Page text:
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Sandra Wachter: Exploring fairness, privacy and advertising in an algorithmic world

Sandra Wachter:  Exploring fairness, privacy and advertising in an algorithmic world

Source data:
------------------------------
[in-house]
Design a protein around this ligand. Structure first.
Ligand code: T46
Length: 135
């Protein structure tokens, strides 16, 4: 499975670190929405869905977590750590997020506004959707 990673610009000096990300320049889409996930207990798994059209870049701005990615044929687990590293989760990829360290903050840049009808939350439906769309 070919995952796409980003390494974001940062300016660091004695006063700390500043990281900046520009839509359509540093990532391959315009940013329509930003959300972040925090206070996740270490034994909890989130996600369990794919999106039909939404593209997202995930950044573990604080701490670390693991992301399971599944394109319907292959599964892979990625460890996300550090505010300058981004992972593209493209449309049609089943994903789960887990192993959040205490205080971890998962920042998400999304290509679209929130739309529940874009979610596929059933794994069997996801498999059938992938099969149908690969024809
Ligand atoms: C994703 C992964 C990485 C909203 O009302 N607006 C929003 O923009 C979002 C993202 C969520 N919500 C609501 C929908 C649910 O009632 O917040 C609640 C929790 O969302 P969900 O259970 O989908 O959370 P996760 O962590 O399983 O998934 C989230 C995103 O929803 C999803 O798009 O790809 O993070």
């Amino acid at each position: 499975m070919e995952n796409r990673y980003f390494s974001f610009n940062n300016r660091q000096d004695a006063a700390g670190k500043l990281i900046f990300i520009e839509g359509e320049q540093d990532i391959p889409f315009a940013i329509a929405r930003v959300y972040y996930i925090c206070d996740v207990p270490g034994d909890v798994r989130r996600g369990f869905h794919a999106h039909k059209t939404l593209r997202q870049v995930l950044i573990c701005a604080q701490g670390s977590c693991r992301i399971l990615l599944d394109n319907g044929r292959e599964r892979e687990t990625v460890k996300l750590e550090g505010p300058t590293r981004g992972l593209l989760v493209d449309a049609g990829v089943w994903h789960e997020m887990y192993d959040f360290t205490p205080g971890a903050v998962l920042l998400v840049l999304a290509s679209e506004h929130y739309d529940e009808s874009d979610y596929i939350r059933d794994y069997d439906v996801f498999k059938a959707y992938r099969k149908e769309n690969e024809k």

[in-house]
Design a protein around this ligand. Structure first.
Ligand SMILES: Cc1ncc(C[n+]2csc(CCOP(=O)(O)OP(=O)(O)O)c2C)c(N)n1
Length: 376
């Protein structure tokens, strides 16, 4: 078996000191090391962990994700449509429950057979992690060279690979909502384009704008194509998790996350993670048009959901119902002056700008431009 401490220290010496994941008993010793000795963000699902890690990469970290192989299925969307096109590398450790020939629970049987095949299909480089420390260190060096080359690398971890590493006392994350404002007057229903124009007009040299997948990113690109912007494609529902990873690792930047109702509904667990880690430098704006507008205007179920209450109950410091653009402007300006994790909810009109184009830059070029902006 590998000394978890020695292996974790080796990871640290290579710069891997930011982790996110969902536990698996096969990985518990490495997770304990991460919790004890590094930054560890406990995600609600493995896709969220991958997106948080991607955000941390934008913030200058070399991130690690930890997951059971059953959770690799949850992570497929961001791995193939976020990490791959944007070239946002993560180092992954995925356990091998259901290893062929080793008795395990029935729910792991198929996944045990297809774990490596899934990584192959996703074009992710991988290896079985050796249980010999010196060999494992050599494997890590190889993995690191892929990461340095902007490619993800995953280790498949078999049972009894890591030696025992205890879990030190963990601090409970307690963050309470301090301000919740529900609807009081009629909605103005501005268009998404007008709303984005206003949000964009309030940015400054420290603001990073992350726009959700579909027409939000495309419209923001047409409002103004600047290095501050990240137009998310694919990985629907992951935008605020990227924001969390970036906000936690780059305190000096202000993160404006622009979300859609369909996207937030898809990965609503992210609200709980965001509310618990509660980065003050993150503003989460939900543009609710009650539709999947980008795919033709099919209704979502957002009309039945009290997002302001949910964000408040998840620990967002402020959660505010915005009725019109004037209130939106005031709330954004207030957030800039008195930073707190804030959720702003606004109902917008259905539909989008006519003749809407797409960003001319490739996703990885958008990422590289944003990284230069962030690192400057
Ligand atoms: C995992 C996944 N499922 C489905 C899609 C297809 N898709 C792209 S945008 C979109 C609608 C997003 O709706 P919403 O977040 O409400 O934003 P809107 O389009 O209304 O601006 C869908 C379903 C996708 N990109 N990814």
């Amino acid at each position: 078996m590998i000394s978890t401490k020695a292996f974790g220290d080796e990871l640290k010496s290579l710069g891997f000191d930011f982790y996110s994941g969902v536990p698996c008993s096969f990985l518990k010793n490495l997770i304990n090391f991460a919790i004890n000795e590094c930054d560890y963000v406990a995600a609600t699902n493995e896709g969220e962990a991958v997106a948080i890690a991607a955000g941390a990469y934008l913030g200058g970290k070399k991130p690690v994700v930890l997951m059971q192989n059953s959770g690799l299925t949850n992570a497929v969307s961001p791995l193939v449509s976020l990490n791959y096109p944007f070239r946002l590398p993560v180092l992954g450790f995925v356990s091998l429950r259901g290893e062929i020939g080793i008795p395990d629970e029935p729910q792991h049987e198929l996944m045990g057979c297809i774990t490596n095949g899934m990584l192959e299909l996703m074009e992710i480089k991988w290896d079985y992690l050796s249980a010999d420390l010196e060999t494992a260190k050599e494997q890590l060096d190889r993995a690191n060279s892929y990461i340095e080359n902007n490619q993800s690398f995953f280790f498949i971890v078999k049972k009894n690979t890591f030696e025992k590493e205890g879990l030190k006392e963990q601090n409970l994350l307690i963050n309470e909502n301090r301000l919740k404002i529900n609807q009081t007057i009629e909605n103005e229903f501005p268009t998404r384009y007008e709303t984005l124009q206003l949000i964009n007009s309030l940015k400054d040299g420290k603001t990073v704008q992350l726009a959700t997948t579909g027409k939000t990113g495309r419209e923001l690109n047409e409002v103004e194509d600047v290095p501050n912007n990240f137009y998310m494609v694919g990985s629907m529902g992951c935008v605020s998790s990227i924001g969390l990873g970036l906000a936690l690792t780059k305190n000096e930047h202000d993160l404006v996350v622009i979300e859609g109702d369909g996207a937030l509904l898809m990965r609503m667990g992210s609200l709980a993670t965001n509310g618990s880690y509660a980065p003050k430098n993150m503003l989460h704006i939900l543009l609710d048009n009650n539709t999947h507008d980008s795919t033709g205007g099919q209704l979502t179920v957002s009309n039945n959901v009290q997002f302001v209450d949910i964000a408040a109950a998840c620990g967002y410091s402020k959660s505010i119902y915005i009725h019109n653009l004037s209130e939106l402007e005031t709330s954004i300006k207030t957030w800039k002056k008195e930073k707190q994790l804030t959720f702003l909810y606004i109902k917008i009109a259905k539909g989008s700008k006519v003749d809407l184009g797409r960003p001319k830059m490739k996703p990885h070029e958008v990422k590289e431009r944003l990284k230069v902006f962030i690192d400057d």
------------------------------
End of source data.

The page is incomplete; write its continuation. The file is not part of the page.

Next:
thank you so much for the introduction yes Odie the topic of my talk is when AI disrupts the law and I want to look at questions of fairness and privacy when it comes to advertising Judy talk is centered around a piece of work that I just recently released paper that is called affinity profiling and discrimination by Association and online behavioral advertisement the paper is freely available if somebody wants to have a look but the basic story is that I was interested in the question how online targeting mechanisms are influencing us and how the effect is in an ethical and legal way and I got inspired by that story because I realize and I think most of us realize that every time we interact with some kind of technology digital technology there is some advertiser untouched it's almost impossible to access any digital service without being served advertisements there are some advertisements that are relatively harmless so for example we all know Netflix recommendation system where based on your viewing habits they might offer you some new suggestions for movies or series and similar here with Amazon were paid based on your shopping behavior that might offer your products that might be very interesting both of those examples ethically speaking are not terribly interesting they might be a bit annoying for example here where one of the users gets regularly offered new exciting offers for toilet seats because she recently purchased one so that might be annoying but it's not particularly ethically challenging but of course this is only one part of the truth there is actually some troubling evidence where we have to think about maybe new safeguards here one example has to do with price discrimination so algorithms can be used to offer different prices for the same product to different groups of people and this can be done for example based on geolocation it could be based on the fact whether you're using a PC or a Mac for example so you get the same product at a different price that could have ethical sequences and even more troubling is here the example of Facebook which have been recently in the news with a lot of things and one of them has been that they have been allegedly inferring very sensitive attributes about the users inferring ethnicity inferring political affiliation sexual orientation gender and you use that information to either specifically target those people or to exclude them for the market completely and that has happened in the past they have now announced to change their policies in certain ways but Facebook and other advertising companies still use very troubling tools to target people and one of the things that they use is they use all the data that can basically leave behind to use the webpages that we visit the videos that we watch the articles that we read or a geolocation everything they post on social media languages age and all of that the basic argument that all of those companies actually make is that they're not inferring something sensitive about you as a person they're just assuming an affinity the basic argument is that I'm not inferring whether your ethnicity I'm just assuming that you have an affinity of a certain ethnicity and therefore the argument is made that affinity assumed the affinity and personal traits of different things if we take that argument seriously it could actually disrupt a lot of legal safeguards that we currently have a couple of them I've listed here if we accept the argument that affinities and interests are different than personal traits what does it mean for data protection their protection is based around the idea that your personal data the data is about you should be protected what does it mean for non-discrimination law which operates on the G assumption that you should not be treated adversely because of you protected trade sensitive traits and what does it mean for untraditional groups sort of algorithms are grading groups that we don't understand that we don't have a concept for and how can we protect those people so I'm gonna try to talk about very briefly about all those three things and the first thing as I said it has to do with data protection and the GDP our internal data protection regulation that came into force last year and the GDP are actually has a lot of interesting safeguards here with regard to sensitive personal data and it says that data that director reveals something sensitive about you for example ethnicity sexual orientation or indirectly reveal something about the other sensitive has higher standards of protection so it's personal data and data that is by inference sensitive and once this seemingly by name that data is transferred into sensitive data you get more protections unfortunately the court sees it a bit differently the European Court of Justice has recently issued a judgment that could be troubling in that regard the background story of that case was that somebody wanted to have access to the names of the personal assistants of some members of the European Parliament and those personal assistants said I don't want this information to be disclosed because you can assume inferred what kind of political views I have argument being if I'm working for somebody for a green part in European Parliament you could assume that I'm in favor of Green Party politics and the court said no that's not good enough to turn something that is not sensitive into sensitive because two conditions have to apply first of all you have to have the intention to infer something sensitive and second of all the data that you're using has to be reliable to make that inference the court said just because working for somebody that's not a reliable basis to infer whether you have the same political opinions as your boss and therefore protection wasn't granted again this is problematic and this is how legal opinion and might be in need of further development because AI might disrupt that concept in tension from an AI perspective is not necessary to infer something that is sensitive if you use strong proxy data for example geolocation which strongly correlates with ethnicity or sexual orientation or gender it doesn't matter if you have the intention to infer that this information will be baked in the algorithm nonetheless and the question of reliability is also a bit of a red herring because that's actually a really important question is it really important if you can with confidence realize something sensitive or is the question whether you assume something sensitive about a person and then just I treated them differently here with the example where Facebook inferred sexual orientation and used that to tie the people is it really important accurately inferred your sexual orientation or is it the adverse treatment that follows from that so I think in terms of day protection we need to think a bit differently the second point has to do as I said with non-discrimination and how that might be disrupted by I technologies just very briefly I'm not going to go into detail how non-discrimination law generally works the law protects us for two types of discrimination one is direct discrimination and one is indirect discrimination direct discrimination means I treats you differently adversely because of one protected attribute for example I'm telling you I'm not gonna hire you because you're woman that's direct discrimination which is prohibited more complicated is the notion of indirect discrimination here use a neutral provision criterion practice apply to everybody equally but it just so happens that a particular group that is protected suffers a disadvantage so for example if I'm saying I'm only gonna hire people that are taller than 1 meter and 80 I'm not directly discriminating based on gender but it will have an effect on women because on average they are shorter than men so those are the types of discrimination and cases that we have protection that we have going back to the argument that your affinity and your interests are not the same as a personal traits what would that mean for discrimination law if it's not about you I cannot claim direct discrimination because you're not treated me differently because of something about me it's just my affinity and with indirect discrimination yes of course you could still bring a claim under that but there were a certain hurdles that are attached to it right if you classified with a certain group you might not want to out yourself for example if you're being classified as Christian but actually you're Buddhist you don't want to disclose your just belief with other people and the second reason has to do with misclassified users maybe I'm the algorithm assumes that your question when you're in fact Buddhist but you experience the adverse treatment nonetheless and because algorithms are not necessarily 100% accurate that could mean that you are not the target and might not get any protections under them and he had tried to come up with an idea to close that kind of gap that we currently face with an idea that is called discrimination by association which is as I said the the the paper that I just published discrimination of Association goes back to an interesting case a couple of years back where miss Coleman sued her employer she sued her employer because she felt discriminated based on disability the background story was that she wanted to have more flexible working hours to take care of her disabled kid she was not granted that privilege and eventually she was actually dismissed and she went to court and said I feel discriminated against disability because other people in the same firm were granted those privileges for the non-disabled children and the argument came up to say well you cannot claim discrimination based on disability because you are not disabled it's you get and the court said no this argument doesn't hold because this is discrimination by association you don't have to be a member of the protected group you don't even have to possess the protected attribute if you suffer negative consequences because of your association your affiliation your closeness to a protected group then you should be granted the same protections as well and the court said that's true for direct discrimination like in this case but it's also true for indirect discrimination which is might might be harder to spot so that could help us to close the current gap that we have in the framework there's still some work to go and I think the only thing how we can open that is actually to open up the black box of algorithms to bring a successful claim if you think there are discrimination issues because obviously if you want to bring a claim you need to show that you have suffered a particular disadvantage as I said price discrimination could be one of those examples in the in the offline world it's relatively easy you go to Tesco's or Sainsbury's or waitress when you compare crimes prices you choose that product that you think is the most valuable that has the best offer for you and you go out if Tesco's all of a sudden decides not to let you into the store anymore you know that you have been expelled from the market the same cannot be in the online world I don't know what other prices are out there I don't know how I'm being shown the best deal and I'm not sure if I'm actually being shown all the advertisements that are out there I don't know the may exclude it from the market and that's something where we actually need more opening up and have businesses being more transparent about their practices and the second thing has to do is that I need to show that the treatment is disproportionately affecting a protected group and here again algorithmic in transparency is posing a problem because I don't know who am being grouped with I don't know of what part of what what the member of a group I am I don't know who else is in that group and I don't know how those people are being affected so bringing a claim on that could be problematic because of algorithmic transparency problems nonetheless I think starting from the idea more creative idea to think about discrimination by Association could at least in theory help us a bit because it will give us the practical advantage of not needing to out ourselves we don't need to discuss our sensitive straights religious beliefs sexual orientation in order good to get protection because I don't have to be a member of that group or possess the attribute I just have to suffer negative consequences and it would also protect misclassified people so those people who have been grouped with people that they're actually not a part of so that would be an interesting way forward the last thing I when I talk about is how AI disrupts the law in the sense of new groups it creates and poses problems to that which is called group privacy from a legal perspective obviously we have a lot of non-discrimination protection which are usually based on historical experiences so that means we have protection against discrimination based on gender and sexual orientation political beliefs religious beliefs because we had negative experiences in the past and we don't want those things to reoccur it makes sense what if I told you that you credit score is gonna drop because of your video gamer it sounds very counterintuitive but it's not completely dystopian or utopian because it's something that something similar is happening China at the moment in China the social credit scoring system is being rolled out which means that the government is using private and public data to assess if somebody is a good citizen so that means if you're a good citizen you get benefits for example and better rates at supermarkets if you're a bad citizen it could mean that you are on a no flight list or that your kids are no longer allowed to go to certain schools being a video gamer in China is something that drops your credit score it's something to seem that you're a bad citizen but obviously this new group video gamers don't find protection and non-discrimination law because they have not been seen as a traditional protected and vulnerable group so it's very important in the future that we think about group privacy new group protection that could emerge because algorithms are grouping us in novel base that we don't really anticipate so let me close by saying that I think it's interesting that technology is challenging us in many ways but we have to think about new creative ways to close the loopholes that we currently have because new challenges are on the horizon I think with discrimination by Association there is an interesting step to close some of the challenges that we currently have but we need more transparency of what businesses are actually doing we need more information about the interest groups they were being placed too I need to know what an algorithm is actually thinking about me what is it inferring about me and we need more transparent business practices otherwise I'm not going to be able to prove my case in court that I have been violated my rights have been violated and we need collectively to think about new group privacy protection protection for untraditional groups that might emerge from that and I think again it sounds negatively but I'm a very big tech enthusiast and I think there are many many exciting opportunities for us in the future but I think it's very important that we all stick our heads together and think about new creative ways to guard against another risk of AI thank you you